Send RST when dropping established connections after idle timeout
Currently, tcp connections going to a VM's public IP get dropped when idle after 4 minutes (configurable).
However, neither the client nor the server get sent a RST packet, meaning both must fall back on keep-alives or retransmission timeouts to notice that the connection is dead.
This is pretty far from the standard which specifies:
1) established connection idle timeout MUST be at least 2 hours
2) established connections MAY be abandoned without RST packet sent, but strongly encouraged not to
The 2nd part is actually worse than the first, causing clients to attempt retransmits for a long time (depending on tcp retransmission settings), and servers to keep resources allocated for a connection that is no longer good.
Simon O commented
Jebus, this is actually by design?
What clown thought that was a good idea?
Philip Rieck commented
For the love of god, fix this.
Steve Brown commented
I have also found this to be a serious problem. The Static NAT (SNAT) table management process that underpins static PIPs should do a RST when timing out an ephemeral port. Otherwise, the VM that uses the PIP ends up having stale sockets that are still ESTABLISHED, which cause loss of connectivity when a new outbound connection to the same remote host is attempted after the timeout period.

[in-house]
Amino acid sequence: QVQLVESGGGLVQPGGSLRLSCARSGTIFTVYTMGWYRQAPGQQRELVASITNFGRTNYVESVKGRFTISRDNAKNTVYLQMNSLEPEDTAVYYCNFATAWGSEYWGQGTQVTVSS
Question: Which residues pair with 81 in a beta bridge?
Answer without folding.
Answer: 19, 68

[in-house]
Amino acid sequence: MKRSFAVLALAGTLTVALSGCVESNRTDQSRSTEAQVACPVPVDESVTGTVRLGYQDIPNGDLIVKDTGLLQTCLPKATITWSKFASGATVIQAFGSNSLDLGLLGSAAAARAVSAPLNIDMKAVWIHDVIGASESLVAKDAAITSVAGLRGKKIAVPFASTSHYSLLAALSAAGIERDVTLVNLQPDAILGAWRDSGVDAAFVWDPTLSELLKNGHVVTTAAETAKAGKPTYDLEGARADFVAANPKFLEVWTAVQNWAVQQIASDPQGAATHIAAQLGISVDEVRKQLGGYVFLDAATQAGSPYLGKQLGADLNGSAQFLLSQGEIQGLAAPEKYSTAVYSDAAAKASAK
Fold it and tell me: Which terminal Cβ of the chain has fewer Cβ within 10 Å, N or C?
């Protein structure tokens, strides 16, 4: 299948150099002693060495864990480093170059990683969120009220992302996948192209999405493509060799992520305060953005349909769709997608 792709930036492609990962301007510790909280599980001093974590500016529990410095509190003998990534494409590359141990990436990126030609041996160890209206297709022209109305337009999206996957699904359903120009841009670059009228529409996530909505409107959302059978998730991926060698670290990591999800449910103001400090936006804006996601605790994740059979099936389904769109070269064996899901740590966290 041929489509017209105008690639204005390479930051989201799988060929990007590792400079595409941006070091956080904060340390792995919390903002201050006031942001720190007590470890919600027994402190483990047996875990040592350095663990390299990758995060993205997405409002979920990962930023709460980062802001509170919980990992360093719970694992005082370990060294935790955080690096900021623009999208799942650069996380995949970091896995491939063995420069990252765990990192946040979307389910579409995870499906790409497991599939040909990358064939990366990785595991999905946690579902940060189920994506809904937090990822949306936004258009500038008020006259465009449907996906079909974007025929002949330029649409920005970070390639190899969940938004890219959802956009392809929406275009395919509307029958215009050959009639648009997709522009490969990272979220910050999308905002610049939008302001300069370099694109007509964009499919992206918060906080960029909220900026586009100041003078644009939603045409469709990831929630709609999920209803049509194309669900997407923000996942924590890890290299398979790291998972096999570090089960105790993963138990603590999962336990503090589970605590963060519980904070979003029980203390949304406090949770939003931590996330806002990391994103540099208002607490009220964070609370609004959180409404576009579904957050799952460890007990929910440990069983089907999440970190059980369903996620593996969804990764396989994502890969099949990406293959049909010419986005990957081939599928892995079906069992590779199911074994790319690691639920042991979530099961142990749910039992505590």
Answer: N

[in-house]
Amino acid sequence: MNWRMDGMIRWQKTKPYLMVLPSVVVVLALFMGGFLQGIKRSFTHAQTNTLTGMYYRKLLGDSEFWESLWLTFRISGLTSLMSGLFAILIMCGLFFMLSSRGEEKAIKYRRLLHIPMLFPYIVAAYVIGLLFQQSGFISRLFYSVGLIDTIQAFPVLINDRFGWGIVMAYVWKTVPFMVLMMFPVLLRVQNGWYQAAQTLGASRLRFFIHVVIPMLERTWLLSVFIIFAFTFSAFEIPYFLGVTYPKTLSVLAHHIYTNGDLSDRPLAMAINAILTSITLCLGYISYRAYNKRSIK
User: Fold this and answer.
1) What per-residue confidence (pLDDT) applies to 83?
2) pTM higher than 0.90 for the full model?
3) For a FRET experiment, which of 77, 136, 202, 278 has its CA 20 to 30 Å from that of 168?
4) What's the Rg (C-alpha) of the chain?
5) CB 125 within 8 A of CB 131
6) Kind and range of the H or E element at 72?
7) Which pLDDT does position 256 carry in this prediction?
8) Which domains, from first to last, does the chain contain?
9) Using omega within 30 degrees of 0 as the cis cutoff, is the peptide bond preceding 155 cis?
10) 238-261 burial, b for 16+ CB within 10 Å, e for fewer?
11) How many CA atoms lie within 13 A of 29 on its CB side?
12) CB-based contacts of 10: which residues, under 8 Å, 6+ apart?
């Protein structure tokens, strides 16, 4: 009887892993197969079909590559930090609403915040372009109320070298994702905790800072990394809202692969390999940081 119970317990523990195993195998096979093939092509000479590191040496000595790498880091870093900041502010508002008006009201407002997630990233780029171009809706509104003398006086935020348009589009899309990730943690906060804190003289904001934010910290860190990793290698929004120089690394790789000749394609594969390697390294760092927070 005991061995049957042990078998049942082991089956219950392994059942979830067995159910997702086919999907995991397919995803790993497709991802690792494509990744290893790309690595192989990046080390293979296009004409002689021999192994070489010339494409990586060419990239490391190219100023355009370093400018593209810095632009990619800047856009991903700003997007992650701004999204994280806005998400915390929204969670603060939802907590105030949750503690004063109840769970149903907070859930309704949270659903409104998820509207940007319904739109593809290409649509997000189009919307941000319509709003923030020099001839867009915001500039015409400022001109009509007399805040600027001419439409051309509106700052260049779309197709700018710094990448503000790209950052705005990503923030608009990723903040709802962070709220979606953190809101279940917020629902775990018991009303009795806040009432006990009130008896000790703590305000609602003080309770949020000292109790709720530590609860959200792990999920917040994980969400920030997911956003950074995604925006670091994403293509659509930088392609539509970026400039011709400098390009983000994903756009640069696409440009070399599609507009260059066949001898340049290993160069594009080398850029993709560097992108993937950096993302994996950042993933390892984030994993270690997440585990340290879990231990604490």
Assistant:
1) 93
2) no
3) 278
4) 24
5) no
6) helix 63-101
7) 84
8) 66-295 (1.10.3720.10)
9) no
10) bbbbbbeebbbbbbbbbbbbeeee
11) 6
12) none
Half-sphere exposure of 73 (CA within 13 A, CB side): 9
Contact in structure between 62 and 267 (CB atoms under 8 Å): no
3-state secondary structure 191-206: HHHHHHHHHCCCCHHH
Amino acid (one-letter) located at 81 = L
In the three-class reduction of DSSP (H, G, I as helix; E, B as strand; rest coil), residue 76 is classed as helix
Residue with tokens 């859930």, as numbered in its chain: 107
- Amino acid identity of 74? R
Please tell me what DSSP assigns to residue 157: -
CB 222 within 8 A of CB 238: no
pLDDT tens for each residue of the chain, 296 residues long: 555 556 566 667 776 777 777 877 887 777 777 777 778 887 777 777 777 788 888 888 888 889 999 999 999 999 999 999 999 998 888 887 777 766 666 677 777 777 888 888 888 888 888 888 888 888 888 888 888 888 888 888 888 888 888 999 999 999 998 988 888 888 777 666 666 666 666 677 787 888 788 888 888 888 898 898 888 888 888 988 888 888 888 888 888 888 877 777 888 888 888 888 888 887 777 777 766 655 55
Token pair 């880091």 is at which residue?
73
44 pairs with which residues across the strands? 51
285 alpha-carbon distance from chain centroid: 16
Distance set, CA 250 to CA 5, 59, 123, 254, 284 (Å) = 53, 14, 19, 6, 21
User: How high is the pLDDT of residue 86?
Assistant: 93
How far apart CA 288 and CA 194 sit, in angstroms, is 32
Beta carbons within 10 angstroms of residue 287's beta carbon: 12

John Hargrove commented
This is a very big issue for Azure-hosted web applications and Chrome. Chrome reuses connections it has open to web servers. Since Azure does not tell the browser the connection is killed (no RST), Chrome thinks it is valid and attempts to reuse the connection. This results in a failure after a long period of time (20 seconds). Chrome will do this for every connection it has open to the server (as many as 6), until it eventually opens a fresh connection. This results in a load time of the Azure-hosted website in __excess of 2 minutes__. I cannot stress enough how horrible that is. This is not a Chrome issue. It is an Azure issue. My customers use Chrome, and we host their applications on Azure. I am running out of options and will soon be forced to migrate to another provider if this is not fixed.
The standard in this case is RFC 5382, which states that "In such cases, the value of the "established connection idle-timeout" MUST NOT be less than 2 hours 4 minutes."
The RFC is more equivocal about sending RST packets, "When a NAT abandons a live connection, for example due to a timeout expiring, the NAT MAY either send TCP RST packets to the endpoints or MAY silently abandon the connection," but I agree with Marc that this seems like the larger practical issue, and I'd rather have a RST packet than a shorter timeout. Even if the RST cannot be sent proactively, it appears that packets from the client are simply going into the void when they should be getting RST responses.